Section 2 of the Bill 218 - Supporting Ontario's Recovery and Municipal Election Act, 2020 (“the Act”) provides that no cause of action arises against any person as a direct or indirect result of an individual being or potentially being infected with or exposed to coronavirus (COVID-19) on or after March 17, 2020 as a direct or indirect result of an act or omission of the person if,
(a) at the relevant time, the person acted or made a good faith
effort to act in accordance with,
(i) public health guidance relating to coronavirus (COVID-19)
that applied to the person, and
(ii) any federal, provincial or municipal law relating to coronavirus
(COVID-19) that applied to the person; and
(b) the act or omission of the person does not constitute gross
The purpose of the Act is clear. To offer protection from liability against COVID -19 claims to businesses, employees and individuals that follow the public health guidelines related to COVID – 19, as maybe applicable to them, and they make a “good faith” effort while doing so. The only exception is “gross negligence”. Thus, unless “gross negligence” could be proven, no lawsuit can be brought or maintained against such businesses or employees or individuals.
The Act applies retroactively to any incidents on or after March 17, 2020.
The following elements must be noted:
Good Faith Effort is defined in the Act and includes an honest effort, whether or not that effort is reasonable; (“effort de bonne foi”).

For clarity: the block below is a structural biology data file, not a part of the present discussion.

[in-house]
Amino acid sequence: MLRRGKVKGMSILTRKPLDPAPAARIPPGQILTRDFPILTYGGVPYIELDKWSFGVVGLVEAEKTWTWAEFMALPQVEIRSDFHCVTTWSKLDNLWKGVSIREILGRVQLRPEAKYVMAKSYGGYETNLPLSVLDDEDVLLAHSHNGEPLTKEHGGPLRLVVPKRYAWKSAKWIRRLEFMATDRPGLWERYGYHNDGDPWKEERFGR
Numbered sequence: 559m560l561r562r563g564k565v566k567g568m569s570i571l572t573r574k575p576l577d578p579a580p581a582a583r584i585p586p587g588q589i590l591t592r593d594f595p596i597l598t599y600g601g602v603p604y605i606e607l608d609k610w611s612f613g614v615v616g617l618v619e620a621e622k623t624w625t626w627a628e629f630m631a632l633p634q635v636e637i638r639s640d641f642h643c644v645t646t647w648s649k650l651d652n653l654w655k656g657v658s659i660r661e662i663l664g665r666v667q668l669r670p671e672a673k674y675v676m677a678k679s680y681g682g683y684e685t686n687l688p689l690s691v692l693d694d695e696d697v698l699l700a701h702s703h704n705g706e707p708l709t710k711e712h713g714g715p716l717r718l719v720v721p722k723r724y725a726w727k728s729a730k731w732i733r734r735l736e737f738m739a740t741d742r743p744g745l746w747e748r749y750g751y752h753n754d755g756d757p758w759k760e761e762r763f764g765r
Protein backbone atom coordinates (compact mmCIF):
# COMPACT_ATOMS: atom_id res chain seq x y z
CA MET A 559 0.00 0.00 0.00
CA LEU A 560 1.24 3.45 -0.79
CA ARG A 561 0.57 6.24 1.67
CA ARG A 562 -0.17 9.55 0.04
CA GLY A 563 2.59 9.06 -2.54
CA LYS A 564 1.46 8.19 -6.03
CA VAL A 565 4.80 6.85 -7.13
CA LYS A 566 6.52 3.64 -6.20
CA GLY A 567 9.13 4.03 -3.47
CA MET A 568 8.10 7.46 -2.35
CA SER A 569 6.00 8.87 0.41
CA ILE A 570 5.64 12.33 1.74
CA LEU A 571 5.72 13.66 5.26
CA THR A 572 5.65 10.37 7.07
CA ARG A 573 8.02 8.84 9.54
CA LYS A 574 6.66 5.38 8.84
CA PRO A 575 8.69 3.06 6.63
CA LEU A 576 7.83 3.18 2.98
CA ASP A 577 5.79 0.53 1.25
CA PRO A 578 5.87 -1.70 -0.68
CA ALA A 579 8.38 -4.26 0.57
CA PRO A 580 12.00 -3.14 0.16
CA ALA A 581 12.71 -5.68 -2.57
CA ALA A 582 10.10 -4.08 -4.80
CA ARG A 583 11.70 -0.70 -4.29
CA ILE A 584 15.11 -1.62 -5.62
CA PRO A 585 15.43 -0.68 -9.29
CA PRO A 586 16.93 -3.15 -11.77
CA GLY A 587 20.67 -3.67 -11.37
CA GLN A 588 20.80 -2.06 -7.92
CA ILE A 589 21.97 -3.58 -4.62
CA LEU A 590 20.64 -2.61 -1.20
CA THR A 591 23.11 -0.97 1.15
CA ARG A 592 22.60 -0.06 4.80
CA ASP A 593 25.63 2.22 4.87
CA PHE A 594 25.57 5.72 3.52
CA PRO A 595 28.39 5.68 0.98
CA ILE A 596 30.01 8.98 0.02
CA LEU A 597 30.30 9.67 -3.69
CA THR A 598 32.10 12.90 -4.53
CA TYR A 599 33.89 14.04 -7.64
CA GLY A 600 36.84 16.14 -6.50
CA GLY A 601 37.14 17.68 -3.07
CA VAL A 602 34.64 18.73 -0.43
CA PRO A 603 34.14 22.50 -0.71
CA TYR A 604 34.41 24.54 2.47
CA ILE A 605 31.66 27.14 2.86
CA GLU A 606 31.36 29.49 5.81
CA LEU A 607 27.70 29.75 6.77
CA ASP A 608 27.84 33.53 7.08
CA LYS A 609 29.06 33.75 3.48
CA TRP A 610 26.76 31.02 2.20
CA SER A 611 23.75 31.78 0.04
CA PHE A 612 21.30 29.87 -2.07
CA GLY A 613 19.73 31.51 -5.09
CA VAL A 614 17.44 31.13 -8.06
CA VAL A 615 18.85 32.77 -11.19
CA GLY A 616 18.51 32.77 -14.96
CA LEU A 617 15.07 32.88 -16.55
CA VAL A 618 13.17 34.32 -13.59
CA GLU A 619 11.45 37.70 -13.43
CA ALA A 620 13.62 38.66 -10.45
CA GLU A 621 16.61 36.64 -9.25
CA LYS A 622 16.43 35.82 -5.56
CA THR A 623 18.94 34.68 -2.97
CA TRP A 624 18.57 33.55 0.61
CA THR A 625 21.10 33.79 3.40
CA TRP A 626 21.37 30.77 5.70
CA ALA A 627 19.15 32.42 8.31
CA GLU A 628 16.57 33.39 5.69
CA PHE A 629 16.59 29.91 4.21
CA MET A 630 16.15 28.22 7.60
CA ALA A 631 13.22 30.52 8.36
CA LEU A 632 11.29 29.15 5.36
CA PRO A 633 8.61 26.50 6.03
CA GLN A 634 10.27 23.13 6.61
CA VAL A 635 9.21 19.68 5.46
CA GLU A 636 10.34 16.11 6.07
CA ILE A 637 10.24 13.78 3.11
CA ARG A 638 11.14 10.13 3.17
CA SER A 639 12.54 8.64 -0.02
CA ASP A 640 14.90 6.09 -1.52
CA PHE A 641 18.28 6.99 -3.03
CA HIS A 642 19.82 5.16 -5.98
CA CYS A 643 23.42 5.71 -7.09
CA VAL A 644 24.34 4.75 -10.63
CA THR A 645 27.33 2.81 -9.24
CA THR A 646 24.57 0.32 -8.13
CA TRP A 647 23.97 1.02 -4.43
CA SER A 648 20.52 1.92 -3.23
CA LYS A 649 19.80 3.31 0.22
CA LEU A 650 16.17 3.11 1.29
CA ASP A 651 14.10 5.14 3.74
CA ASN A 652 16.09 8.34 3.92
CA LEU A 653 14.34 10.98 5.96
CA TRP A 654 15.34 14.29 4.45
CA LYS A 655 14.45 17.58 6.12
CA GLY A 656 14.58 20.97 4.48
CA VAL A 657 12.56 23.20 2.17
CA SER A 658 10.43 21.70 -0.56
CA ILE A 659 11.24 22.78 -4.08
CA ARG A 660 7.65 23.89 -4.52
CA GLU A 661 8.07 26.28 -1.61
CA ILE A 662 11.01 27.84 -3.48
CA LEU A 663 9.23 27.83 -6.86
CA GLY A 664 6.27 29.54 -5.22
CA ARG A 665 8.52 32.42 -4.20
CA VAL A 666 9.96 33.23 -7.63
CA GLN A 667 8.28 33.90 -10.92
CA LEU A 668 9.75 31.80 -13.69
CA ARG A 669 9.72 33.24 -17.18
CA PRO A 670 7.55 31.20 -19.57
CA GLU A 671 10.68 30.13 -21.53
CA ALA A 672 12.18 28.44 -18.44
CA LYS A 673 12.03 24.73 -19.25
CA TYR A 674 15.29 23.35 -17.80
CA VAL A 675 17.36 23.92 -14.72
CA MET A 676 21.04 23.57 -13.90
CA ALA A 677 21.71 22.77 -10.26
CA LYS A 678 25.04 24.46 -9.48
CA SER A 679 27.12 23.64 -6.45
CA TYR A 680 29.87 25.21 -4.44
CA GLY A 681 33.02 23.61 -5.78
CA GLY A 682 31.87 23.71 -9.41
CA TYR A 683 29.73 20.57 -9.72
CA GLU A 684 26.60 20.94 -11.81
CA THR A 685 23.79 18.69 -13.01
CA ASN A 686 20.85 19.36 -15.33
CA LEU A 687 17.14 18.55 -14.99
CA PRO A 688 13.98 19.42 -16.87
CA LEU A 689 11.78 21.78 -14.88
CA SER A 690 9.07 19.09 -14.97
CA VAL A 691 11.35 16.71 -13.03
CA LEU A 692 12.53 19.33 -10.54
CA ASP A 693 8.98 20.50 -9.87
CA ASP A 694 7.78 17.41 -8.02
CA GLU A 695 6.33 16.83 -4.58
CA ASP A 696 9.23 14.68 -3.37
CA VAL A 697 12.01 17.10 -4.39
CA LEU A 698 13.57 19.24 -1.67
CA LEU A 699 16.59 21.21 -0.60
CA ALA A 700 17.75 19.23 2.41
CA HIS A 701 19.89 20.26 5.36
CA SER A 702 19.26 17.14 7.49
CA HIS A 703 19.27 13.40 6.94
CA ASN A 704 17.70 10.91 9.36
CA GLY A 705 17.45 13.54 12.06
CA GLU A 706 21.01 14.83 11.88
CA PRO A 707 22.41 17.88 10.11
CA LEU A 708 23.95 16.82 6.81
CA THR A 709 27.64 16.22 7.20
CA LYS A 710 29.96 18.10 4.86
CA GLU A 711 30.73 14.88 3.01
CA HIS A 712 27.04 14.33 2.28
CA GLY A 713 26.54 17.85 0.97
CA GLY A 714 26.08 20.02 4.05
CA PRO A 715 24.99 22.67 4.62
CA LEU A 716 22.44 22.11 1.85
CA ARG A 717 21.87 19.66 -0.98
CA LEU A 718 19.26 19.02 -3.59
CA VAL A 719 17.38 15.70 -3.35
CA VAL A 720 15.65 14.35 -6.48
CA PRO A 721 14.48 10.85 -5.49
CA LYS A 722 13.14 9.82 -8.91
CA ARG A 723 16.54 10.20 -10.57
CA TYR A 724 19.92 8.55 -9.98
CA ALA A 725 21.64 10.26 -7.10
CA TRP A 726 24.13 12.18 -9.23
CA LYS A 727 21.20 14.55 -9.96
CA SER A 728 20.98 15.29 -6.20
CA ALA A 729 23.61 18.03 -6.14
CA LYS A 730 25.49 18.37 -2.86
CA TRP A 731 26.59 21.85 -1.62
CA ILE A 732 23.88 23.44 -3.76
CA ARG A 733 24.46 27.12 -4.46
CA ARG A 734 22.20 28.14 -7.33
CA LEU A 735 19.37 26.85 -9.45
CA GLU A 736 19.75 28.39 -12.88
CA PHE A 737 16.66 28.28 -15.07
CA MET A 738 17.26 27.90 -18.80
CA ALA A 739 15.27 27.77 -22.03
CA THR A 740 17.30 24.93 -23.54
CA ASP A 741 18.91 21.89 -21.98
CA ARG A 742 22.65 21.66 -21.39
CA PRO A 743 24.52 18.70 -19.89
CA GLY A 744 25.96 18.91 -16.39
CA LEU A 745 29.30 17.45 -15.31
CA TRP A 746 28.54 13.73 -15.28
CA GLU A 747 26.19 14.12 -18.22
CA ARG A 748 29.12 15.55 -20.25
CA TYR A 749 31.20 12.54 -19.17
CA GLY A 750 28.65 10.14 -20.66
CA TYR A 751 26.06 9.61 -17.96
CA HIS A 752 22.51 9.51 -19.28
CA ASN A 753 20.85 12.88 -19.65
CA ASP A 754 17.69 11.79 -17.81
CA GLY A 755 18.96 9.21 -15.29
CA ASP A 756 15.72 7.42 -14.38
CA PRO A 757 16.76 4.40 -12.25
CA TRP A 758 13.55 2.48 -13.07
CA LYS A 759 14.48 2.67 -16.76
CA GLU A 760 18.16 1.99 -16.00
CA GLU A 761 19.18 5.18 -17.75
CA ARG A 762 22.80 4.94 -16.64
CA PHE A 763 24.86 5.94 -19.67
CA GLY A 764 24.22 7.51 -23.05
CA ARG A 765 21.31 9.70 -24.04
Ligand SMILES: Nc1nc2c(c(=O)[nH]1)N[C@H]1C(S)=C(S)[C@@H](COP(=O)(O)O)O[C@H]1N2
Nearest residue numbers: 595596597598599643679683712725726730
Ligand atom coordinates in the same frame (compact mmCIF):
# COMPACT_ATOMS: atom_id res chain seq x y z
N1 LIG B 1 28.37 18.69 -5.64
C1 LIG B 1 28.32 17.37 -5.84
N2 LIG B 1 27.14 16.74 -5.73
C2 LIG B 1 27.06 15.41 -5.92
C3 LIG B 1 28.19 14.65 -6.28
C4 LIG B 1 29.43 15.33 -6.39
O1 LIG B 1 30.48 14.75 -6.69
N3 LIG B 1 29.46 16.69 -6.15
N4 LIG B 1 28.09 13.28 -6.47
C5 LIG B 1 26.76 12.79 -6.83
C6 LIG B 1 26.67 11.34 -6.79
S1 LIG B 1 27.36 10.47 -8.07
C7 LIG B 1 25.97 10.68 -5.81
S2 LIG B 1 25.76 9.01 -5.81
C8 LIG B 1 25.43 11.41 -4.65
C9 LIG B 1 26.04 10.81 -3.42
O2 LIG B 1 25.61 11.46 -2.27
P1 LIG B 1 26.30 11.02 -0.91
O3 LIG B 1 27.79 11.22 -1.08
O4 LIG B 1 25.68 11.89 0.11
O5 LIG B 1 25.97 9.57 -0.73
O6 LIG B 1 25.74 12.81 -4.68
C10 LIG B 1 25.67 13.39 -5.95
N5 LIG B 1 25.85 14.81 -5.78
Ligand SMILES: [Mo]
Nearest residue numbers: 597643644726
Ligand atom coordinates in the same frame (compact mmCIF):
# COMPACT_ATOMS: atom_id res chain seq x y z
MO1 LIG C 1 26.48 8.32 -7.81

There should not be an act or omission that could be construed as “gross negligence”. Not so surprisingly, gross negligence is not defined in the Act.
The protection under Section 2 is available to entities, with necessary modifications, with vicarious liability.
The protection is not available if the acts or omissions occurred while a law required the operations be closed.
The Act does not apply to lawsuits brought by the employees against their employers.
EXPLORING GROSS NEGLIGENCE
There is absolutely no doubt that it is a high standard to meet with the test for gross negligence.
In Kingston (City) v. Drennan, 1897, a slip and fall incident, the city bylaws at the time required city to be grossly negligent to be held liable, the Supreme Court of Canada gave the first meaning to the term of Gross Negligence – “Very Great Negligence”.
In McCulloh v. Murray, 1942, Chief Justice Duff C.J., writing for the Supreme Court of Canada, stated:
All these phrases, gross negligence, wilful misconduct, wanton misconduct, imply conduct in which, if there is not conscious wrong doing, there is a very marked departure from the standards by which responsible and competent people in charge of motor cars habitually govern themselves. Subject to that, I think it is entirely a question of fact for the jury whether conduct falls within the category of gross negligence, or wilful misconduct, or wanton misconduct.
Referring to Fairley & Stevens (1966) Ltd. v. Goldsworthy, 1973, an interesting definition for Gross Negligence is that it is merely ordinary negligence with addition of a “vituperative epithet”. Thus, there is no practical difference between the two terms.
The standard test for Gross Negligence is “a very marked departure from the standards”. Thus, if this test is passed, it becomes much easier for the plaintiff to prove “Gross Negligence”. The two other notable phrases considered with gross negligence are “Wilful Misconduct” and “wanton misconduct/disregard”. Once any or all of these could be established in a case, “Gross Negligence” could be easily established.
While there is no doubt, none whatsoever, that this is a much welcomed legislation, however, there will be a lot of interpretations issues when it comes to the application of this Act.